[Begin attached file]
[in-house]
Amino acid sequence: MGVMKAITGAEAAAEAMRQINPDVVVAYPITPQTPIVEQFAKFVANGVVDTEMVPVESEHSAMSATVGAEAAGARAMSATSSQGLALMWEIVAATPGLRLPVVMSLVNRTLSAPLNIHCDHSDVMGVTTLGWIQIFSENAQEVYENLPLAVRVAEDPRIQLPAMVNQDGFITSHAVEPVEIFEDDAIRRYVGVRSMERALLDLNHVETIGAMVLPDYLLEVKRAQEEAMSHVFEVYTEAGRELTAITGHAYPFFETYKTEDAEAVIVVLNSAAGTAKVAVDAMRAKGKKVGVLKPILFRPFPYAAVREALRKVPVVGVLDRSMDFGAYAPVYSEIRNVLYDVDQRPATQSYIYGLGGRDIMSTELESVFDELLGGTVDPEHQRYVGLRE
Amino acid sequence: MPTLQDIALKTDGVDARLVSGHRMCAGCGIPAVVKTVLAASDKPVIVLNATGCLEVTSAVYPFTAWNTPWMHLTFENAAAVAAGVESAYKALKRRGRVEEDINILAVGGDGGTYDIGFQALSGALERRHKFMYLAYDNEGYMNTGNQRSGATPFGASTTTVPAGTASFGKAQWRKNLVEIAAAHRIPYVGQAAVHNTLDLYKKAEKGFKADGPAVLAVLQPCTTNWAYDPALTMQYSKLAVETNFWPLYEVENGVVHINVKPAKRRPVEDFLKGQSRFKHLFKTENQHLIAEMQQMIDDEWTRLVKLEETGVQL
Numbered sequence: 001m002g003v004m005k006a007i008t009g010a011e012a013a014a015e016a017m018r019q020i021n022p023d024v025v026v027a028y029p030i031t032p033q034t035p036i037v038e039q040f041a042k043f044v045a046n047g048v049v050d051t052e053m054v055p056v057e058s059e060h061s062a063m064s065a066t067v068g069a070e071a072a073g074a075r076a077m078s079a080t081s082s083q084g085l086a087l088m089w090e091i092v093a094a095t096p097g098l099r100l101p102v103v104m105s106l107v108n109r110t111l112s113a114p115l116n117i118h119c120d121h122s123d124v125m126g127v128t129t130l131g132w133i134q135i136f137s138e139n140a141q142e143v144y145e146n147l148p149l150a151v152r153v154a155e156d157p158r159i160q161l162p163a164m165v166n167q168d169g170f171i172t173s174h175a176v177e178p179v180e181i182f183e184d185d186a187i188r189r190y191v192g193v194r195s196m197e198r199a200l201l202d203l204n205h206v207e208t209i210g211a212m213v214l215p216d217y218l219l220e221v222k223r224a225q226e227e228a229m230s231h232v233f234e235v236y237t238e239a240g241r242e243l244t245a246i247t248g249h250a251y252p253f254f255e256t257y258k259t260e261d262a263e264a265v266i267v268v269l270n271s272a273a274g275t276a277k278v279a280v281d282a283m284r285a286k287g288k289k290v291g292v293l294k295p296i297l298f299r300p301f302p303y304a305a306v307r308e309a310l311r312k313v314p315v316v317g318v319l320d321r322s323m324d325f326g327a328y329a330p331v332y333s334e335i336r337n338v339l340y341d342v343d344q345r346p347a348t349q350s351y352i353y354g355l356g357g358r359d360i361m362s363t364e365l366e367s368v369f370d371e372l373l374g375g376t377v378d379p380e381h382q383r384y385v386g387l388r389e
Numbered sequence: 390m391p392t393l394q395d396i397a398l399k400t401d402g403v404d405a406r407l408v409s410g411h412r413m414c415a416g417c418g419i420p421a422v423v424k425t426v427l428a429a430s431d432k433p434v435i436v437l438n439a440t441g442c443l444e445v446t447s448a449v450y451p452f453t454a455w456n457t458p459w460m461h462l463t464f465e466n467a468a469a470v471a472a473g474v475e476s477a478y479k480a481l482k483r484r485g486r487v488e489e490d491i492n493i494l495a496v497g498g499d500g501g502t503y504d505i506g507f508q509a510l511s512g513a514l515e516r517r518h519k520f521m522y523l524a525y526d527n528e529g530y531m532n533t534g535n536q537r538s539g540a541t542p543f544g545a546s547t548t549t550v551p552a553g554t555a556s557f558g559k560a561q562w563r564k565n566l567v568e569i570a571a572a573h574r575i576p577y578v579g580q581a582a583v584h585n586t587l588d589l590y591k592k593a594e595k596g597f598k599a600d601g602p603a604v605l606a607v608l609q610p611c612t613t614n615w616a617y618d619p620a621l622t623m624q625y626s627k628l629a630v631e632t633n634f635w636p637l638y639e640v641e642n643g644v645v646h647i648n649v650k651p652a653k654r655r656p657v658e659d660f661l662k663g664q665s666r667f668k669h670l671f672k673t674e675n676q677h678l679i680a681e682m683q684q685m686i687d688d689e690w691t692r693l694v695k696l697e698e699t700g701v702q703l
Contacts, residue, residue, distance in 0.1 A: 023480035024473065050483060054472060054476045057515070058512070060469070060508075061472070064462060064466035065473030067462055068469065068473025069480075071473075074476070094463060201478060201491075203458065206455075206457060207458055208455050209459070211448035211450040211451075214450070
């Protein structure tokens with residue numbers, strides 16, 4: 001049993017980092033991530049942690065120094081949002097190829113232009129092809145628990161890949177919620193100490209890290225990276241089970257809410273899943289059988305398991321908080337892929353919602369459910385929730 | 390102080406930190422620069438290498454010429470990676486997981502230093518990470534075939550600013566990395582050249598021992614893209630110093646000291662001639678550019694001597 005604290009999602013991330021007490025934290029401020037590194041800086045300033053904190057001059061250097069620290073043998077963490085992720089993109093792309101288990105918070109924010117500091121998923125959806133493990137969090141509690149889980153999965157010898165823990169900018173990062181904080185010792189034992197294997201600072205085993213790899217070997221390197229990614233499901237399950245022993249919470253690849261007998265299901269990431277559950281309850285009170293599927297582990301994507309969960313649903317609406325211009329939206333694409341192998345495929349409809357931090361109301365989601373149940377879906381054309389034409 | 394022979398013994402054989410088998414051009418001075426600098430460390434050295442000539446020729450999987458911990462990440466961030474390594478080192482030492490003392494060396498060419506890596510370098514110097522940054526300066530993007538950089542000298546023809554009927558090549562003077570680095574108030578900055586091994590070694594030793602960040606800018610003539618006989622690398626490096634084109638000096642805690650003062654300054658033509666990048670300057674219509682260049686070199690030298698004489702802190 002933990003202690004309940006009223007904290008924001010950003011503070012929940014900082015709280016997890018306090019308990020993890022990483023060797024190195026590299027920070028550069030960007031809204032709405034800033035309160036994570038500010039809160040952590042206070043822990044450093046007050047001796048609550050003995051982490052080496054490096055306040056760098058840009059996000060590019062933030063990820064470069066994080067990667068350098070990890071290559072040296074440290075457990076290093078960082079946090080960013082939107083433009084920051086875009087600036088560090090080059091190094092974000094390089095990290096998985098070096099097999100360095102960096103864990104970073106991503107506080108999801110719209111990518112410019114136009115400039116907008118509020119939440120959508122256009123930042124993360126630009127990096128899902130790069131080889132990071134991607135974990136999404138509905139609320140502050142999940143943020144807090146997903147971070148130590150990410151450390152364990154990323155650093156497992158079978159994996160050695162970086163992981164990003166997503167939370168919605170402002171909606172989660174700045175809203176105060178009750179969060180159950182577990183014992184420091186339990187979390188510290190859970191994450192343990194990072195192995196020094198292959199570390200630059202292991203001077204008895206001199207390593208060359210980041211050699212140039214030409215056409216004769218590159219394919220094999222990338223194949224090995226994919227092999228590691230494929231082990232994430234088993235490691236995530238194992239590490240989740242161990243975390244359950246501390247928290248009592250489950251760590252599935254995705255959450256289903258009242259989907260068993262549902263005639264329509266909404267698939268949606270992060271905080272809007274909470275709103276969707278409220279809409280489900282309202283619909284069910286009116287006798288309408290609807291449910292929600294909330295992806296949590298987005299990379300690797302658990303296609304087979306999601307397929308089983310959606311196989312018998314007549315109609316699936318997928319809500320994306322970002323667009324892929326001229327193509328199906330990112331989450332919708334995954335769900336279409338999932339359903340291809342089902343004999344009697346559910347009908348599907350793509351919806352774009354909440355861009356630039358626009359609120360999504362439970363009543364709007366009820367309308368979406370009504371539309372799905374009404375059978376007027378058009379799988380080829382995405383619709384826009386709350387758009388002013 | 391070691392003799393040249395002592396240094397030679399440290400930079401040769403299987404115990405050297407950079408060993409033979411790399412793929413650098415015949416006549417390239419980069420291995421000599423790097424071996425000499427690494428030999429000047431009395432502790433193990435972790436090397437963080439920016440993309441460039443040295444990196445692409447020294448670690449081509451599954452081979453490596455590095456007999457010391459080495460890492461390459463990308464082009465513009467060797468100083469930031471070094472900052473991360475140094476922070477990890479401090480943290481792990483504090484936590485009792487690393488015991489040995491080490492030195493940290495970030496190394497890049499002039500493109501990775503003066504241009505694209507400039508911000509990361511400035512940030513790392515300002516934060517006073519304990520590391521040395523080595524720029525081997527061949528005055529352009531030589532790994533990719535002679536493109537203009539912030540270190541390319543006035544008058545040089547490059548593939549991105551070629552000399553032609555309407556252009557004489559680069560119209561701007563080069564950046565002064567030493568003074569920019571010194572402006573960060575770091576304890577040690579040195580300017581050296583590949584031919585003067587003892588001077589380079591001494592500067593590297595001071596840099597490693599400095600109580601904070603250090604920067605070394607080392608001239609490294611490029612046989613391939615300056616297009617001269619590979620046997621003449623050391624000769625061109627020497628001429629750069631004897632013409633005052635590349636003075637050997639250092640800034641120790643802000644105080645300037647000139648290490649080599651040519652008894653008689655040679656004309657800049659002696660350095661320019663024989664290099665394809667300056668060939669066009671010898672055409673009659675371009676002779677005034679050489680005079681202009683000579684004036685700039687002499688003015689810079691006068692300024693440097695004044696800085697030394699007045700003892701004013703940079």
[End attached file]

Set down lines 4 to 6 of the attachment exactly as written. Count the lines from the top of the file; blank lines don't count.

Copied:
Numbered sequence: 001m002g003v004m005k006a007i008t009g010a011e012a013a014a015e016a017m018r019q020i021n022p023d024v025v026v027a028y029p030i031t032p033q034t035p036i037v038e039q040f041a042k043f044v045a046n047g048v049v050d051t052e053m054v055p056v057e058s059e060h061s062a063m064s065a066t067v068g069a070e071a072a073g074a075r076a077m078s079a080t081s082s083q084g085l086a087l088m089w090e091i092v093a094a095t096p097g098l099r100l101p102v103v104m105s106l107v108n109r110t111l112s113a114p115l116n117i118h119c120d121h122s123d124v125m126g127v128t129t130l131g132w133i134q135i136f137s138e139n140a141q142e143v144y145e146n147l148p149l150a151v152r153v154a155e156d157p158r159i160q161l162p163a164m165v166n167q168d169g170f171i172t173s174h175a176v177e178p179v180e181i182f183e184d185d186a187i188r189r190y191v192g193v194r195s196m197e198r199a200l201l202d203l204n205h206v207e208t209i210g211a212m213v214l215p216d217y218l219l220e221v222k223r224a225q226e227e228a229m230s231h232v233f234e235v236y237t238e239a240g241r242e243l244t245a246i247t248g249h250a251y252p253f254f255e256t257y258k259t260e261d262a263e264a265v266i267v268v269l270n271s272a273a274g275t276a277k278v279a280v281d282a283m284r285a286k287g288k289k290v291g292v293l294k295p296i297l298f299r300p301f302p303y304a305a306v307r308e309a310l311r312k313v314p315v316v317g318v319l320d321r322s323m324d325f326g327a328y329a330p331v332y333s334e335i336r337n338v339l340y341d342v343d344q345r346p347a348t349q350s351y352i353y354g355l356g357g358r359d360i361m362s363t364e365l366e367s368v369f370d371e372l373l374g375g376t377v378d379p380e381h382q383r384y385v386g387l388r389e
Numbered sequence: 390m391p392t393l394q395d396i397a398l399k400t401d402g403v404d405a406r407l408v409s410g411h412r413m414c415a416g417c418g419i420p421a422v423v424k425t426v427l428a429a430s431d432k433p434v435i436v437l438n439a440t441g442c443l444e445v446t447s448a449v450y451p452f453t454a455w456n457t458p459w460m461h462l463t464f465e466n467a468a469a470v471a472a473g474v475e476s477a478y479k480a481l482k483r484r485g486r487v488e489e490d491i492n493i494l495a496v497g498g499d500g501g502t503y504d505i506g507f508q509a510l511s512g513a514l515e516r517r518h519k520f521m522y523l524a525y526d527n528e529g530y531m532n533t534g535n536q537r538s539g540a541t542p543f544g545a546s547t548t549t550v551p552a553g554t555a556s557f558g559k560a561q562w563r564k565n566l567v568e569i570a571a572a573h574r575i576p577y578v579g580q581a582a583v584h585n586t587l588d589l590y591k592k593a594e595k596g597f598k599a600d601g602p603a604v605l606a607v608l609q610p611c612t613t614n615w616a617y618d619p620a621l622t623m624q625y626s627k628l629a630v631e632t633n634f635w636p637l638y639e640v641e642n643g644v645v646h647i648n649v650k651p652a653k654r655r656p657v658e659d660f661l662k663g664q665s666r667f668k669h670l671f672k673t674e675n676q677h678l679i680a681e682m683q684q685m686i687d688d689e690w691t692r693l694v695k696l697e698e699t700g701v702q703l
Contacts, residue, residue, distance in 0.1 A: 023480035024473065050483060054472060054476045057515070058512070060469070060508075061472070064462060064466035065473030067462055068469065068473025069480075071473075074476070094463060201478060201491075203458065206455075206457060207458055208455050209459070211448035211450040211451075214450070